Bay Reflections

 Vol. 10, No. 41

October 10-16, 2002

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Follow Your Nose through Fall
by Bo Sinnlich

Remember when you were a kid, and from the time you fell out of bed to the time you fell back in, you flowed from one thing to the next with no plan for the day or schedule? You followed your nose from one thing to the next. A recent day like that reminded me how wonderful it can be.

I had planned to go to an art gallery in Annapolis to see still-life oil paintings by an artist I love, but on awakening I felt ready for a different kind of day, a meandering day. So I decided to follow my nose, perhaps finding some things to make my own still-lifes.

Off I went, windows down to the intoxicating fall scents, treasure-hunting. Sniffing something exciting on the breeze, I was drawn to Dick and Jane’s on Route 2. Up and down rows of squash and gourds and pumpkins and apples of every size, shape and color, I wandered for about an hour, heaping my pile of goods higher and higher. A deep green gourd looked like a dragon, stem curling out as the tongue. Another combined a tuba and a swan, all curves and roundness. This one, I was told, made the best pumpkin pie ever. Other tiny creatures were speckled and blotched and striped with oranges and greens and golds. There were even golf-ball-sized white pumpkins. Here was nature at her most frivolous.

Next I went to Homestead Gardens and found even more gourds and squash-things and a piece of corn seemingly made of rows of cabochon rubies and onyx. As I drifted among rows of bronze mums and purple pansies and brilliant orange pumpkins, I kept getting whiffs of hamburgers grilling and could see smoke puffs over by the checkout. My nose led me faithfully, and my drive home was enriched by a fried-onion-oozing, catsup-dripping burger.

The sky was gorgeous, all gold-drenched light and puff-clouds against cerulean blue. The Dr. Seuss incandescent silver tufts on top of sea grasses swayed to the Celtic music on the radio. Golden leaves rained down in harmony.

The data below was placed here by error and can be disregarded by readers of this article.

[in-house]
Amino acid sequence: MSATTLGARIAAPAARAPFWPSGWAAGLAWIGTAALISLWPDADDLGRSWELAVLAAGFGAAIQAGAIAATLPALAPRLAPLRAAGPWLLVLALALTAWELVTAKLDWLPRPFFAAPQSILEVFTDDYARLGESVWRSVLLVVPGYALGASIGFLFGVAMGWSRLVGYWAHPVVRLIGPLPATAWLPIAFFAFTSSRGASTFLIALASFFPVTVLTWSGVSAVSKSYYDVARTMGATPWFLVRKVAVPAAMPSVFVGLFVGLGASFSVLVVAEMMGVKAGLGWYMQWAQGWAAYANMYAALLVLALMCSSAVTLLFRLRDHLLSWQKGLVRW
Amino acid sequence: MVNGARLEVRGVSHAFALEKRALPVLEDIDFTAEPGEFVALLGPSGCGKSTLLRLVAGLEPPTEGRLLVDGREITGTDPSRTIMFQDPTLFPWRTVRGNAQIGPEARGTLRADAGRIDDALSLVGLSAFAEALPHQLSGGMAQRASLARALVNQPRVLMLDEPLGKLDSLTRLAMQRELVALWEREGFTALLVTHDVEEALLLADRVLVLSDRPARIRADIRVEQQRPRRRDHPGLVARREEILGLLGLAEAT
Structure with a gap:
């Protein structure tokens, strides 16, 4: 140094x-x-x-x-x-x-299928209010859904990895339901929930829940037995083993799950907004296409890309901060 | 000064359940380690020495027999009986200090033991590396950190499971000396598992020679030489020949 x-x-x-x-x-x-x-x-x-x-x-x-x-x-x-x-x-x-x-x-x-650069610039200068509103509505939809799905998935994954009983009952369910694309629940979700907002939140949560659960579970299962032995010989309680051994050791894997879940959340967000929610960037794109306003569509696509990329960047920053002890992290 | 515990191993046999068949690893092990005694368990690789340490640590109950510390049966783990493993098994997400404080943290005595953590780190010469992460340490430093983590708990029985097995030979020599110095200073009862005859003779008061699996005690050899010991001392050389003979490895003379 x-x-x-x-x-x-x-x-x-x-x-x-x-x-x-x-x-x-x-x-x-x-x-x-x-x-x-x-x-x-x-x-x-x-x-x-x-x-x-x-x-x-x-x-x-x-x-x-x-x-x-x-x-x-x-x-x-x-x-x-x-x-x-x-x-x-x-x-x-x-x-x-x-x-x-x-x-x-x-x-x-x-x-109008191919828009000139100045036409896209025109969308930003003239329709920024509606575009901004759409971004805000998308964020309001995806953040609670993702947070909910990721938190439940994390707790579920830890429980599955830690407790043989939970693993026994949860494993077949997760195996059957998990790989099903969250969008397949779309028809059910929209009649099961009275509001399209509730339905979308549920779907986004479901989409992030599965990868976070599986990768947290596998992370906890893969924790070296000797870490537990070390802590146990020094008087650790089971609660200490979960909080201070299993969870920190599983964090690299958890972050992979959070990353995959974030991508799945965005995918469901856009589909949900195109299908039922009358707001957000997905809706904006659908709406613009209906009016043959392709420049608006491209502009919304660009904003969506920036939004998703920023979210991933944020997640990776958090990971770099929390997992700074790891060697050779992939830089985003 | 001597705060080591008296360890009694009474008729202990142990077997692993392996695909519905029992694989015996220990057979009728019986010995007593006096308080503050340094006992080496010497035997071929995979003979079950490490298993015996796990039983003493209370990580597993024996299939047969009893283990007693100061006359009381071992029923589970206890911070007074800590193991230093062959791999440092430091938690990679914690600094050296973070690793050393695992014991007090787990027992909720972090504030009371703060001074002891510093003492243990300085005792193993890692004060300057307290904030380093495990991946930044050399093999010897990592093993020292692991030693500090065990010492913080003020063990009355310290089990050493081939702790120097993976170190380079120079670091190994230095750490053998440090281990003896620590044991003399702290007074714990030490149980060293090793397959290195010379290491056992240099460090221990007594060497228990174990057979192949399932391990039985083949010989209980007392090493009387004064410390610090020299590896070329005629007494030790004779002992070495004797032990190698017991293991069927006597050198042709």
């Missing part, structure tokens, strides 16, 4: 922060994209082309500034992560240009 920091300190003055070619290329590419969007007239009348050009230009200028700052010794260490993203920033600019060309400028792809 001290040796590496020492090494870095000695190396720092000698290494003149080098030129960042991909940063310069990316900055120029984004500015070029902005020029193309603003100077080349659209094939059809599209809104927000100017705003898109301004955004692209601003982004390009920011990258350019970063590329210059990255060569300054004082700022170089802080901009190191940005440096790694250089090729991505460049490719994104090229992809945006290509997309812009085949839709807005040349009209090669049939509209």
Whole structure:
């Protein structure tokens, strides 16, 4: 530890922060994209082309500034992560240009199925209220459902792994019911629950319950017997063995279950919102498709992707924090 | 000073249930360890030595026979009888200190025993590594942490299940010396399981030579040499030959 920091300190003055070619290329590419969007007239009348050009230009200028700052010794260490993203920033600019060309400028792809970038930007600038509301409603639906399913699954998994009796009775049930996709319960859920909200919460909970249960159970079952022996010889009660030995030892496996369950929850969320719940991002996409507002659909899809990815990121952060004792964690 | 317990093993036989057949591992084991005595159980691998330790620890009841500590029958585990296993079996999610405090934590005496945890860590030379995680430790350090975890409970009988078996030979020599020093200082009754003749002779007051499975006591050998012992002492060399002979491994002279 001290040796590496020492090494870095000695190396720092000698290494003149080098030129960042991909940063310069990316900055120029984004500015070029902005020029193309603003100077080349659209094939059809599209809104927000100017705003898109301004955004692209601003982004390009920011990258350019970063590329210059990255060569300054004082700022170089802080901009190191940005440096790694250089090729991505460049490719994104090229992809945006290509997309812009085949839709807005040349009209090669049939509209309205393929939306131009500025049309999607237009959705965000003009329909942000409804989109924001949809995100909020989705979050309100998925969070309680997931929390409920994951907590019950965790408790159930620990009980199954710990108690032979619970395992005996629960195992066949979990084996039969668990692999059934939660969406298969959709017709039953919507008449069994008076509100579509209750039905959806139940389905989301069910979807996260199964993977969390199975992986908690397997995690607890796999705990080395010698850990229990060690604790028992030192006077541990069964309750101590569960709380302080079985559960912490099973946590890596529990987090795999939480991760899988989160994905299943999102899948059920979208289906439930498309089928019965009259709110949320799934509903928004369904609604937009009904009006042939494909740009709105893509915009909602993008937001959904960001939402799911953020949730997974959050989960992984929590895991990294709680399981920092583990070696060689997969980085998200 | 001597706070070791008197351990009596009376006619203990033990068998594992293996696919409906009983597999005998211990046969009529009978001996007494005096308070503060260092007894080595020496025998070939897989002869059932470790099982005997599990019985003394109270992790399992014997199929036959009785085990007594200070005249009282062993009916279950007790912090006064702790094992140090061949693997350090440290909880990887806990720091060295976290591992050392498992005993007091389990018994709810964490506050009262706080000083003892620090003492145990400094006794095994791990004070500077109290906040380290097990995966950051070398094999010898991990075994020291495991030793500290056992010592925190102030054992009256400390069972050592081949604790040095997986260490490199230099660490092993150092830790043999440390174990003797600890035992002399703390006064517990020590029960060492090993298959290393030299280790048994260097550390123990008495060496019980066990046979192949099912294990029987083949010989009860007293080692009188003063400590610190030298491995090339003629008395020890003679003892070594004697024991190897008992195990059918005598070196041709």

At home I treasure-hunted a bit more, walking down to the marsh. My face was chilled and breathing was like drinking cold water when thirsty.

It’s amazing how perspective changes the things you see every day. When things become still-life subjects, the details leap out at you: all the shapes and colors and textures. Brown jagged starbursts of hibiscus pods, seeds spilling out. A maze of fuchsia vine studded with purple berries. I tucked more treasures into my backpack and walked briskly home, feeling about eight years old, only needing a frog in my pocket to make the day complete.

With all my treasures laid out, I made my still-lifes. The dragon gourds were magic against the green-gold lamé. Cranberries rolled across black and cobalt-blue velvet. The only interruption in hours of immersion in color and texture was when my cat Tiger hurled himself into one, making it not so still.

Reluctant to stop but hearing the sunset call ‘come see me,’ I went out into the evening chill. Mounds of curded clouds tinted rose and apricot and grape-blue heaped as far as my eye could see. After darkness fell, they sailed upon the black sky, highlighted by the moon, galleons after their own treasure, I imagined.

I know I felt rich from a day of drifting in such beauty. Perhaps they did, too.

Sinnlich, who labors in Washington under another name, reflects from North Beach.

Copyright 2002
Bay Weekly